Terminal Condition: An irreversible, incurable, and untreatable condition from which there can be no recovery, and death is likely to occur soon. Nursing and medical efforts are administered to provide comfort.
Thrush: A yeast infection for which transplant patients are at risk. It can occur in the mouth or vagina.
Tissue Typing: A test that evaluates the compatibility or closeness of tissue between the organ donor and recipient.
TPN (total parenteral nutrition): A special intravenous (IV) solution providing hydration, vitamins, minerals and calories to sustain life. This IV is usually inserted into a large vein in the neck area.
Transplant Coordinator: A registered nurse who coordinates all of the events leading up to and following your transplant. The transplant coordinator helps arrange your pre-transplant tests and helps find a suitable donor.
Transplant Surgeon: The staff physician who performs the transplant surgery. The transplant surgeon follows your progress while you are in the hospital and monitors your post-transplant care after you are discharged.
Tube Feeding (enteral feeding): A temporary artificial method of providing food through a tube inserted into the stomach. This food is in a liquid form and contains calories, vitamins and electrolytes. Enteral feeding may be necessary when food cannot be taken by mouth.
UNOS: United Network for Organ Sharing - the national nonprofit agency that establishes and enforces regulations to ensure equality in organ transplantation and fairness in distribution of donor organs.
U.S. Scientific Registry of Transplant Recipients: A database of post-transplant information. Follow-up data on every transplant are used to track transplant center performance, transplant success rates and medical issues impacting transplant recipients. UNOS facilitates the collection, tracking and reporting of transplant recipient and donor data.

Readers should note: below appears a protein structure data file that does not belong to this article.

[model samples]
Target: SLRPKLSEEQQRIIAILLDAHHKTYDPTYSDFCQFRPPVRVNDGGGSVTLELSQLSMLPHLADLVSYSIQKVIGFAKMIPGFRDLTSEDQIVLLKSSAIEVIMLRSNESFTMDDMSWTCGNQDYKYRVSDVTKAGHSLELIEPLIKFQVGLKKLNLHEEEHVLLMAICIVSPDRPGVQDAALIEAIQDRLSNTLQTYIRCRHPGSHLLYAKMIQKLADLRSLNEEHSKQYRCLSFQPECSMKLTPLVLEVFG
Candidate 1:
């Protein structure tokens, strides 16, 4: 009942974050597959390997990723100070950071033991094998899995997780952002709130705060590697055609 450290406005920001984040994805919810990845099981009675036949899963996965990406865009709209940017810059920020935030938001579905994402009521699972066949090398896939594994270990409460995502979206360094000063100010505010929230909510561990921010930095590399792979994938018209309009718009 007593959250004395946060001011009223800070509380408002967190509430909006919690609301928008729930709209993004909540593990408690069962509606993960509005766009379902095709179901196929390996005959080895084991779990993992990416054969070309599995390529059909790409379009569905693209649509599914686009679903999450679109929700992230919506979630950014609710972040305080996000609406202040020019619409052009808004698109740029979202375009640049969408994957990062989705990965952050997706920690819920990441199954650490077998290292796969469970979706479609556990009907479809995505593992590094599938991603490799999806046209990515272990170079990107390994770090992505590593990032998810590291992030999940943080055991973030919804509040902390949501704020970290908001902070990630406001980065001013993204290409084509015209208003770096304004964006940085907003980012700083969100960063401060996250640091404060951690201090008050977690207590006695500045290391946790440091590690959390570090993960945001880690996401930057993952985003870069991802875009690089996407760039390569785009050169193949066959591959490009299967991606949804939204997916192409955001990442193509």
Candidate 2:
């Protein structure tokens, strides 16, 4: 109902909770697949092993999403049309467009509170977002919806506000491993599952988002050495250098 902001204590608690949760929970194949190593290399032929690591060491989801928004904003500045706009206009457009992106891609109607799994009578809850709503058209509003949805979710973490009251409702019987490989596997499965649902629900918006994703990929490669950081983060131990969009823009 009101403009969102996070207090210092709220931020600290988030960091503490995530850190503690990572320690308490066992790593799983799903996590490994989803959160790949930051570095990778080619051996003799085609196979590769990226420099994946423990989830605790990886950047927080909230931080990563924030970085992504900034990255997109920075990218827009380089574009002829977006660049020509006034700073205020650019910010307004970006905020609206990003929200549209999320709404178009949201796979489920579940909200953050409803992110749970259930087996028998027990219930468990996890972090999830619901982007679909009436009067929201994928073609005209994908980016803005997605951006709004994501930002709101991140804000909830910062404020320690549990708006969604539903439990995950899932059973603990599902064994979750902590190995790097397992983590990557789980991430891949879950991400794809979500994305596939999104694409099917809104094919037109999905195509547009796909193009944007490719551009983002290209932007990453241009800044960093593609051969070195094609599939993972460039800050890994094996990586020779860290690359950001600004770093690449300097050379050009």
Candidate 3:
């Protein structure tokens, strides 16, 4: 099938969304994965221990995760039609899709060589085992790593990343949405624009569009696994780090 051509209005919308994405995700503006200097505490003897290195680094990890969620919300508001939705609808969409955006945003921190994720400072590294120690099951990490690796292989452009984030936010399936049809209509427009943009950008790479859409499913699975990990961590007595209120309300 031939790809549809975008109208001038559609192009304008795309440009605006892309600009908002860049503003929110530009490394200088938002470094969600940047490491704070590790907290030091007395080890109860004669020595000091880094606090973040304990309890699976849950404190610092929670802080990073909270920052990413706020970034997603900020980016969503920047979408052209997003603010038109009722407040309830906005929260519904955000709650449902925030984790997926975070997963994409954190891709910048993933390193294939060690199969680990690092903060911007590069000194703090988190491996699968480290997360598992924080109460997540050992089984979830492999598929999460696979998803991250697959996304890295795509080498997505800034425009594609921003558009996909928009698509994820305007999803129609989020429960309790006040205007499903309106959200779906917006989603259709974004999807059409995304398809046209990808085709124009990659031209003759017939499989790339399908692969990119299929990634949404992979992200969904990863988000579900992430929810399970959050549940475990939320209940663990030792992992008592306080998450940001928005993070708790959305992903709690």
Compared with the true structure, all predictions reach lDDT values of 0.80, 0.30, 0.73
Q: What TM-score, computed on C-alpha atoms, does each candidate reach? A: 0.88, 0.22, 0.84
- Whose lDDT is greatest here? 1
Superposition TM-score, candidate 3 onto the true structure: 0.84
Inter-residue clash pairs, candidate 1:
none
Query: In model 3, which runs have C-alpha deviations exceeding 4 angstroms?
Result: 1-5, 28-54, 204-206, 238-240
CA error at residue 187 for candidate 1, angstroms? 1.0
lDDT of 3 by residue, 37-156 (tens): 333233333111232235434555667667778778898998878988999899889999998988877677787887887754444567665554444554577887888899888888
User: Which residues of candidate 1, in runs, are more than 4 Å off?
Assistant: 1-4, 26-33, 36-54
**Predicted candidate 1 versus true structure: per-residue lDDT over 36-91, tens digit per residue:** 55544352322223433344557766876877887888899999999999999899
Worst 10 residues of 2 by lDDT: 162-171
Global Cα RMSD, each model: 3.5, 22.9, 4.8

Ventilator: A machine used to assist or control breathing (may be called a respirator).
Waiting List: After evaluation by the transplant physician, and after committee presentation, a patient is added to the national waiting list by the transplant center. Lists are specific to both geographic area and organ type: heart, lung, kidney, pancreas, intestine, heart-lung, kidney-pancreas.
Each time a donor organ becomes available, the computer generates a list of potential recipients based on factors that include blood type, organ size, medical urgency and time on the waiting list.
A "new" United Network for Organ Sharing (UNOS) waiting list is generated each time an organ becomes available. There are many factors that go into the actual decision of donor selection and recipient matching. Although your place on the list and the amount of time you have been waiting for transplant are important factors, the transplant surgeon ultimately is the one to make the final decision.